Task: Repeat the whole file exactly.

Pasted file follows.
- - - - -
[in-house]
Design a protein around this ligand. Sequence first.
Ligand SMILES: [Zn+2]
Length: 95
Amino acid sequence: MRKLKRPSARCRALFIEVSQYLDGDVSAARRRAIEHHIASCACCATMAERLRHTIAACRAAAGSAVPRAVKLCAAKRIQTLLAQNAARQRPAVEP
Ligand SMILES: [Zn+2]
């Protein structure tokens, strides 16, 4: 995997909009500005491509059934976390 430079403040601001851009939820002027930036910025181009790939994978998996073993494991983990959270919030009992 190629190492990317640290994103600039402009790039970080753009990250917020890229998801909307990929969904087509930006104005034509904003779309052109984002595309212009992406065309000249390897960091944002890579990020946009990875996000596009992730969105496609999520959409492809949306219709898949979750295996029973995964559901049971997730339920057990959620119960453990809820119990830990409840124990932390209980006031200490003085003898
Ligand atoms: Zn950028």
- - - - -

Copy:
[in-house]
Design a protein around this ligand. Sequence first.
Ligand SMILES: [Zn+2]
Length: 95
Amino acid sequence: MRKLKRPSARCRALFIEVSQYLDGDVSAARRRAIEHHIASCACCATMAERLRHTIAACRAAAGSAVPRAVKLCAAKRIQTLLAQNAARQRPAVEP
Ligand SMILES: [Zn+2]
């Protein structure tokens, strides 16, 4: 995997909009500005491509059934976390 430079403040601001851009939820002027930036910025181009790939994978998996073993494991983990959270919030009992 190629190492990317640290994103600039402009790039970080753009990250917020890229998801909307990929969904087509930006104005034509904003779309052109984002595309212009992406065309000249390897960091944002890579990020946009990875996000596009992730969105496609999520959409492809949306219709898949979750295996029973995964559901049971997730339920057990959620119960453990809820119990830990409840124990932390209980006031200490003085003898
Ligand atoms: Zn950028």